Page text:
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PACKAGING OF FOOD IN GLASS CONTAINERS
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Companies can demonstrate due diligence by achieving certification under an
accepted Quality Management Standard, such as ISO 9000. In the UK, the
British Retail Consortium (BRC) and The Institute of Packaging (IOP) have
cooperated in the publication of a Technical Standard and Protocol (see ‘Further
reading’ section), which can be integrated with their ISO 9000 procedures. The
BRC is a trade association representing around 90% of the retail trade and the
IOP is the professional membership body, established in 1947, for the packaging industry. The IOP has amongst its objectives the education and training of
people engaged in the packaging industry. This Technical Standard and Protocol requires companies to:
• adopt a formal Hazard Analysis System
• implement a documented Technical Management System
• define and control factory standards, product and process specifications
and personnel needs.
6.10
6.10.1
Environmental profile
Reuse
Glass containers can be reused for food use. However, there is only one well
established household example in the UK – that of the daily doorstep delivery
of fresh milk in bottles and the collection of the empty bottles. There are wide
disparities in the number of trips that can be expected depending on the location,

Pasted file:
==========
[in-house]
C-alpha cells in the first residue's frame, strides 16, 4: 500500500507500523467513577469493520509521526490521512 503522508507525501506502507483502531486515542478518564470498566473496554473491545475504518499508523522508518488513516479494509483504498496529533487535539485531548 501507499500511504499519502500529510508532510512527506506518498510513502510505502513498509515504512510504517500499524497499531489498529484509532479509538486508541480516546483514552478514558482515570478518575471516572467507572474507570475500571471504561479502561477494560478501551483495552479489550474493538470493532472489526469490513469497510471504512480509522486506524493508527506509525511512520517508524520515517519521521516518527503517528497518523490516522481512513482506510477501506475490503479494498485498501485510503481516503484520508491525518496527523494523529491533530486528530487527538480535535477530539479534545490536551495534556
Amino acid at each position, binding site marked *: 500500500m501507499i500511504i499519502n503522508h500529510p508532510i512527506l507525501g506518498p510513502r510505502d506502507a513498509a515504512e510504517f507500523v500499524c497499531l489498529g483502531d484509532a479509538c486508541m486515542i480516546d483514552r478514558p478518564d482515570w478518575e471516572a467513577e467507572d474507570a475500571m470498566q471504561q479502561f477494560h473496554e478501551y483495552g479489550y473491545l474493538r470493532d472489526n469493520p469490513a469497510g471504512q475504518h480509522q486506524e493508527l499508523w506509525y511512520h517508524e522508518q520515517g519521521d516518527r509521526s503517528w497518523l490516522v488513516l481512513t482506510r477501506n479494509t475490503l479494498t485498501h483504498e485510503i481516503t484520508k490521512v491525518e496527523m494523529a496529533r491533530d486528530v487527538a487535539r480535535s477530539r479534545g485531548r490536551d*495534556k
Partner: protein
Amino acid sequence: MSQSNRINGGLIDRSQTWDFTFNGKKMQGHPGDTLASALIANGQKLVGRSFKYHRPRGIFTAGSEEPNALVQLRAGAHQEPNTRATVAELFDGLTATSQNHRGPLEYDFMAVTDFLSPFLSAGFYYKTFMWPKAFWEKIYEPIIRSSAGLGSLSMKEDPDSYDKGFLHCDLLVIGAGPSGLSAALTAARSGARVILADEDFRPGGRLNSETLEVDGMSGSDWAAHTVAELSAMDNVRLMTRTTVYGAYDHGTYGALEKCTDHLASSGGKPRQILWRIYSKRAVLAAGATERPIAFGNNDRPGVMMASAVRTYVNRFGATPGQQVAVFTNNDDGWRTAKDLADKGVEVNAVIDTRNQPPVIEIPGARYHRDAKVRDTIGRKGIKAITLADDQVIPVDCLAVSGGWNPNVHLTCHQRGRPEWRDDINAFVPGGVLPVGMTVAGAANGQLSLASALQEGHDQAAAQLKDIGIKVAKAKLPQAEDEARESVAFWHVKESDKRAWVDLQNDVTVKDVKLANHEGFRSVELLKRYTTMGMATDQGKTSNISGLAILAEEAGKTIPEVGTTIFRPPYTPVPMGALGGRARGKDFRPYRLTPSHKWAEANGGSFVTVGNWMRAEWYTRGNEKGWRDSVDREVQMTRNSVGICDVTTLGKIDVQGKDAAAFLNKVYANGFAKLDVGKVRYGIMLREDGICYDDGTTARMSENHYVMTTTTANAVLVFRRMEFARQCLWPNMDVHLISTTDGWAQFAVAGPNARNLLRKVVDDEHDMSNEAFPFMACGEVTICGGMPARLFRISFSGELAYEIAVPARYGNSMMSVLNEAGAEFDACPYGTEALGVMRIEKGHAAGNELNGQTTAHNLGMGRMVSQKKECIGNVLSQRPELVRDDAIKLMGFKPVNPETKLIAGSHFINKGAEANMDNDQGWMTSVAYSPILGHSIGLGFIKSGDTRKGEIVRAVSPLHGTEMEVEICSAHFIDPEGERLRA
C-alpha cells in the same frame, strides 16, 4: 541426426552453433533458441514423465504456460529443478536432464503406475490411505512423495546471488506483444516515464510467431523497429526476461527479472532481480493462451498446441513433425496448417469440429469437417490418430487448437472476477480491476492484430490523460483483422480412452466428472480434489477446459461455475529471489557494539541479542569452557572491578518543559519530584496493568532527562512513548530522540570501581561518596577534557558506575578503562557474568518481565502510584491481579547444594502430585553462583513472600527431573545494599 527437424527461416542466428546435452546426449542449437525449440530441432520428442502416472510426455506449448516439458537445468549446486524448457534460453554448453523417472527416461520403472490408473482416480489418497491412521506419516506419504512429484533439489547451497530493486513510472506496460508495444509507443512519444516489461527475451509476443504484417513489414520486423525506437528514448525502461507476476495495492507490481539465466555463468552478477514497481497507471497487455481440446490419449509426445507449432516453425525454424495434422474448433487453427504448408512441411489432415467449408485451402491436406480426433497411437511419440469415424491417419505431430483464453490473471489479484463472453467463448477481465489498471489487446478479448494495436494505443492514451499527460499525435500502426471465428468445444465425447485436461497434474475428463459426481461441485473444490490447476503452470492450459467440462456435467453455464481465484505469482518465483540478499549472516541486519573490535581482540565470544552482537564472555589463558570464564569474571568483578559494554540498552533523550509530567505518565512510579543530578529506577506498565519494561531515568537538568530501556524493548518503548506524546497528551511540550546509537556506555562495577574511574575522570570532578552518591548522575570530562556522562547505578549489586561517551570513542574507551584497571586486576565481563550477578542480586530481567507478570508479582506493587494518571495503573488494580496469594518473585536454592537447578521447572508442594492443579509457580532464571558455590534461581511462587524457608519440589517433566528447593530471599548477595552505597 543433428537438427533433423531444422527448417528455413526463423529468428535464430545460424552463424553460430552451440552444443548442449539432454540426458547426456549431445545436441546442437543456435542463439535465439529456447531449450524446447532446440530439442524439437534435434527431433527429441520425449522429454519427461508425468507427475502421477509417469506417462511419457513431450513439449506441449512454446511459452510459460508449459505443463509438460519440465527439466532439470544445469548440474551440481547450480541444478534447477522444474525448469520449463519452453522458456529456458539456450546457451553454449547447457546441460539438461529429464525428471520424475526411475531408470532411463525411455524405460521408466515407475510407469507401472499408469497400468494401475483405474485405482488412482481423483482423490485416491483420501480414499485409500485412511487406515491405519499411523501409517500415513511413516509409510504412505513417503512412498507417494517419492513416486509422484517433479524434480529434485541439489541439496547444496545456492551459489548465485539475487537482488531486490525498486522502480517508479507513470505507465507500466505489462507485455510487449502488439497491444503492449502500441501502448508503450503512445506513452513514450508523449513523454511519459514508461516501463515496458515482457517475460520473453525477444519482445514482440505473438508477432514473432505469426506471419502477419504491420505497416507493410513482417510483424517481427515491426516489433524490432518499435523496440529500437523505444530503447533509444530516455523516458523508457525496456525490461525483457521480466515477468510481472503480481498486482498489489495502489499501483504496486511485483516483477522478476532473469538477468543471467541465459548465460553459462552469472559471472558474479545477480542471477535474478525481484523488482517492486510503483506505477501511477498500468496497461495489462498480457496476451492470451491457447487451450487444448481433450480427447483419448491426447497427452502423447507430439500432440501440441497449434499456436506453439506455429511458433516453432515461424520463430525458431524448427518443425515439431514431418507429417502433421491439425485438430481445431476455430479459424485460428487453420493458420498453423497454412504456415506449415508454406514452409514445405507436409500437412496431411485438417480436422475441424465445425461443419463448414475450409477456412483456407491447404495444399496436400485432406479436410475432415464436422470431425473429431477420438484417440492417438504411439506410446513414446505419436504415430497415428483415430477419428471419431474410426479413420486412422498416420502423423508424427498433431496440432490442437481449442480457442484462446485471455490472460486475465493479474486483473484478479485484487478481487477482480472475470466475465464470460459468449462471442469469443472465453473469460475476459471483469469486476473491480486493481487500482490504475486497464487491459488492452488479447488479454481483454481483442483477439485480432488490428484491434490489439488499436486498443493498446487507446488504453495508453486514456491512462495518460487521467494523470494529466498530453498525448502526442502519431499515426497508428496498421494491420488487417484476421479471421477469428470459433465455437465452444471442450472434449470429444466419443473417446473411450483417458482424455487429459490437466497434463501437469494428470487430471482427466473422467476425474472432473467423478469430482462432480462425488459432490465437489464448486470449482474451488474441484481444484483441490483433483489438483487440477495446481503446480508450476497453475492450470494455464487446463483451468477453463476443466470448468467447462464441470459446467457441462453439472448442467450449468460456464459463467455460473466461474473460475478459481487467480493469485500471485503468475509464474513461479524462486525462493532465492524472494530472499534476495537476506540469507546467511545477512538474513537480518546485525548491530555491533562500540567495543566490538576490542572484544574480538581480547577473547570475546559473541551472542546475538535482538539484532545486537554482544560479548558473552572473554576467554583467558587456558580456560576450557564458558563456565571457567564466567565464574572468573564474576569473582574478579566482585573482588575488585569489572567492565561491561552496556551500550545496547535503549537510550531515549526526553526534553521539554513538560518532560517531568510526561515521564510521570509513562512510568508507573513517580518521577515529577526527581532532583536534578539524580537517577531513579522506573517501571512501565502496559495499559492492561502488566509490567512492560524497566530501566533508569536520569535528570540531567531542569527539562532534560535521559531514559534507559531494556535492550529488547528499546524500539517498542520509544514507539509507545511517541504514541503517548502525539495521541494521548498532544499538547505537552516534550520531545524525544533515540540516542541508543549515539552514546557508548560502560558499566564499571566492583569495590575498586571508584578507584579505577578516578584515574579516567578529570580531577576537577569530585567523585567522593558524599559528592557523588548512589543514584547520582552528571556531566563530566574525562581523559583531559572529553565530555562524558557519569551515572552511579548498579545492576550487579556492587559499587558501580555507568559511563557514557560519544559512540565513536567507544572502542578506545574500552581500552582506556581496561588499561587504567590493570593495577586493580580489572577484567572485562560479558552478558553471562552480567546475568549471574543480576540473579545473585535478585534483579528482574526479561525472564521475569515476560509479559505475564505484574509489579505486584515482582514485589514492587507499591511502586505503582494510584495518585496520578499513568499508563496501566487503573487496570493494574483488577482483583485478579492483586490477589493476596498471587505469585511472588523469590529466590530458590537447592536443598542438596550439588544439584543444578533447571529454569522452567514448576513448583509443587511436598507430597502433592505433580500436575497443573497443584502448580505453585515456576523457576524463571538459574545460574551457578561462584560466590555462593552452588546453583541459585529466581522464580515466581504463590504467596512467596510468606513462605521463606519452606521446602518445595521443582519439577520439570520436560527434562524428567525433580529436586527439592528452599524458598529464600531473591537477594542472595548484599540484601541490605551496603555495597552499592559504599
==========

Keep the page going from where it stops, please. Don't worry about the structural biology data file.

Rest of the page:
with around 12 trips per bottle being the national average. The decline of
doorstep delivery has been rapid over the last decade but the system of reuse is
well established. In the licensed trade, and in most places where drinks are
served to customers, the drinks manufacturers operate returnable systems.
6.10.2
Recycling
Glass is one of the easiest materials to be recycled because it can be crushed,
melted and reformed an infinite number of times with no deterioration of
structure. It is the only packaging material that retains all its quality characteristics when it is recycled. Using recycled glass (cullet), in place of virgin raw
materials, to manufacture new glass containers reduces
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the need to quarry and transport raw materials
the energy required to melt the glass
furnace chimney emissions
the amount of solid waste going into landfill.
In order to recycle glass, it must first be recovered. In the UK, glass is
brought by consumers to bottle banks. Currently, approximately 600 000 t/a are